One of the greatest things about human life is that we can always stay flexible with our approach. This flexibility allows us to put-together a diverse experience within every imaginable domain, and when you are able to do, it directly results in bigger and better horizons. The said by-product has gone on display time and again throughout our history, but none of those appearances can be deemed as impactful as the one that delivered technology. Technology became such a reference point for our limitless capabilities mainly due to the way in which it took over every sector out there. Suddenly, we had some really unique methodologies at our disposal, each one focused rather heavily on elevating us beyond all expectations. While we saw this dynamic take various different shapes, the permutation it opted for in the medical sector is surely among the most critical ones. You see, before technology reinvented its whole identity, the global healthcare system never quite carried, let’s say, an encouraging vibe. The area’s obsolete structure ensured that the appeal factor in play here would always stay on the negative side. Nevertheless, by committing to technology, it successfully triggered a much-needed shakeup. In fact, since morphing into medtech, the healthcare sector has now grown enough to attract an unprecedented amount of attention, and that was backed up strongly through a recent funding.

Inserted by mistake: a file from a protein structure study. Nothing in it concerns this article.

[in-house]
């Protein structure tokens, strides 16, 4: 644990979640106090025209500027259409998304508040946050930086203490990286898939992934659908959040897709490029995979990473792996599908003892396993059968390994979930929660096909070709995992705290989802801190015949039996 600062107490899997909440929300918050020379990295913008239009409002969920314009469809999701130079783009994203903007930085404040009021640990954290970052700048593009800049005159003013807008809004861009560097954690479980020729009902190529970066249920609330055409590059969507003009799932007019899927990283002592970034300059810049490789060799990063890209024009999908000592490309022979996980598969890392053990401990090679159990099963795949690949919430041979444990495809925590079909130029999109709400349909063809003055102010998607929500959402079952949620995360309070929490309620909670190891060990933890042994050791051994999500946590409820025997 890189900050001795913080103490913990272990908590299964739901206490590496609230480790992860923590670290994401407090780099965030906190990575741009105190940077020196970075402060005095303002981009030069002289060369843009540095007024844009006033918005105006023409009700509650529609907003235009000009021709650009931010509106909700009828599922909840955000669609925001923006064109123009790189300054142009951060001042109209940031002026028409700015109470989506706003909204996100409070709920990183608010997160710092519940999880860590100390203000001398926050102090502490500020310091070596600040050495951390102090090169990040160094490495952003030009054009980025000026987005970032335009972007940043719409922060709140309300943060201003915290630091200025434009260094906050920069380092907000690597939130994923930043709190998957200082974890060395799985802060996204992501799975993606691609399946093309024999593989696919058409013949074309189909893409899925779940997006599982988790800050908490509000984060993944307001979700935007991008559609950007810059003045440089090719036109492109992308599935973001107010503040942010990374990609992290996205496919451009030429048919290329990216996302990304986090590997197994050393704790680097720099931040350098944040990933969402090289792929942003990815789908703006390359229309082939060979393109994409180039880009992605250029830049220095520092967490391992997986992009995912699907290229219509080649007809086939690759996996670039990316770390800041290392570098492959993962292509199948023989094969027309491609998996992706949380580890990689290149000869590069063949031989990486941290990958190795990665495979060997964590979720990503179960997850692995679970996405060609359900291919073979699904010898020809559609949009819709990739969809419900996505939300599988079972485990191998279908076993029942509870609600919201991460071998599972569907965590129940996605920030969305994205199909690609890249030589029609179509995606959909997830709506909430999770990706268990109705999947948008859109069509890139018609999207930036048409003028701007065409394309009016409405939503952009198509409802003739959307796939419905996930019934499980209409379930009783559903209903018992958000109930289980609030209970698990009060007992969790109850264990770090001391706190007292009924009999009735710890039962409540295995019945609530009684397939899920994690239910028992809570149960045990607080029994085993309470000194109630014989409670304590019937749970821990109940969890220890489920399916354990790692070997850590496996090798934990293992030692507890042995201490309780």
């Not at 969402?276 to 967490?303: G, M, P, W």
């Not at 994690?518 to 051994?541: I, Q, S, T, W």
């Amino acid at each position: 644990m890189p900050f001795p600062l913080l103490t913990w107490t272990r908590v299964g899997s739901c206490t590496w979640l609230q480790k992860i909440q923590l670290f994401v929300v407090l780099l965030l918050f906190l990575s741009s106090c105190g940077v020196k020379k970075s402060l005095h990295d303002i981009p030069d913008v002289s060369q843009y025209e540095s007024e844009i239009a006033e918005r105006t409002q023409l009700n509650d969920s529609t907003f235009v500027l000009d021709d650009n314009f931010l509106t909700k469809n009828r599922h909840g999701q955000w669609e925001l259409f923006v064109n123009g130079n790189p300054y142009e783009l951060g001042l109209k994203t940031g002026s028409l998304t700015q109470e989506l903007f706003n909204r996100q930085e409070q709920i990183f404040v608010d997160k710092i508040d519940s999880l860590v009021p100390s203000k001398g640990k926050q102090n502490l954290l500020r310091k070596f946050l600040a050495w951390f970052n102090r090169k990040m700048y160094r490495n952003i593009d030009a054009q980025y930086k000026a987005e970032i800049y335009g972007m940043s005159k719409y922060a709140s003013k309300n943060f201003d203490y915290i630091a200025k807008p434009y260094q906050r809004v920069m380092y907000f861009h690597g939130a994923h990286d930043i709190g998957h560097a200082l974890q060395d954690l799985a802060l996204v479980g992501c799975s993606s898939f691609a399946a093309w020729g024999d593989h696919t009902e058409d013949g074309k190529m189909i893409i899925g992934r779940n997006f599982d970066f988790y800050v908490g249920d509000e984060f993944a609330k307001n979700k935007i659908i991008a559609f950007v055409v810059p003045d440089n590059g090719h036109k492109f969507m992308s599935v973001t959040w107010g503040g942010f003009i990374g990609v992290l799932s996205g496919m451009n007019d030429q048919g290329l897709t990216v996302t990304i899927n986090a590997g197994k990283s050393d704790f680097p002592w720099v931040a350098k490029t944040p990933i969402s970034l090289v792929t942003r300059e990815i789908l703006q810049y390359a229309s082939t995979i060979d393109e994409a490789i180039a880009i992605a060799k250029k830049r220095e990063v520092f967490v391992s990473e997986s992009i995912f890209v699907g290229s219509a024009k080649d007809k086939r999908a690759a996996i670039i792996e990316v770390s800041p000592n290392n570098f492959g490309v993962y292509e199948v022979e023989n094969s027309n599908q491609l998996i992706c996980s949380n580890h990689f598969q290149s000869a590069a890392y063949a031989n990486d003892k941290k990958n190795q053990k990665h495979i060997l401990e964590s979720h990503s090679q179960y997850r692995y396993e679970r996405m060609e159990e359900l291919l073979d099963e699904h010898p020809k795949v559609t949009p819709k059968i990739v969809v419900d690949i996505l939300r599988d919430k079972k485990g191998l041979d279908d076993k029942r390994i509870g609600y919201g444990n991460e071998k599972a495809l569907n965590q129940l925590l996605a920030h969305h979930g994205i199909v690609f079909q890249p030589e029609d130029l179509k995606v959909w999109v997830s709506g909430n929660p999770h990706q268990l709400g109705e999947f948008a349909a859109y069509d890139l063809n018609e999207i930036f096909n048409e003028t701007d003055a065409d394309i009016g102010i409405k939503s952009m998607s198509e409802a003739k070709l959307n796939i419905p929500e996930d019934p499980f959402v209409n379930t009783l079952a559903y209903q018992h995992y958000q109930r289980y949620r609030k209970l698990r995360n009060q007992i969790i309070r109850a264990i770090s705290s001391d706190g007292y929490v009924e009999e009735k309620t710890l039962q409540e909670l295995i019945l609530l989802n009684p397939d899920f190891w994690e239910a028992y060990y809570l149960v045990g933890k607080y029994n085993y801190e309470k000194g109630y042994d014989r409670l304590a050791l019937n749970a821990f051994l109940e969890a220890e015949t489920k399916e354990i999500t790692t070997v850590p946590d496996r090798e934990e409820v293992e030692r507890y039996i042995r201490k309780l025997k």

MindMaze, which takes a gamified approach to treat neurological disease and injury, has officially secured $105 million in a recently-concluded funding round. Led by Concord Health Partners, the round saw further participation from the likes of AlbaCore Capital Group and Hambro Perks. As per certain reports, the company plans to dedicate the fresh cash inflow towards product development, clinical evidence generation, commercial growth, and more strategic partnerships. While MindMaze remains one of the very few companies to base its treatments on video games, the industry experts do sense a better presence for the same in near future. This consensus is rooted in research, which talks at length to how enlisting virtual reality can significantly reduce patient’s discomfort around the treatment, thus freeing up the space for higher responsiveness, and consequentially, more efficient outcomes.
“MindMaze has developed the leading technology and approach to digital therapeutics for neuro-rehabilitation and restoration, providing clear benefits to patients, providers and payers,” said James Olsen, founder and managing partner at Concord. “We believe this notable advancement in treatment and therapy will meaningfully improve brain health and recovery for a wide range of conditions.”
At present, MindMaze is working on eight notable conditions, including stroke, Parkinson’s disease, multiple sclerosis, Alzheimer’s diseases and mild cognitive impairment, spinal cord injury, autism, pain and aging/frailty, so any advancement on the company’s part can be expected to achieve a far-reaching effect.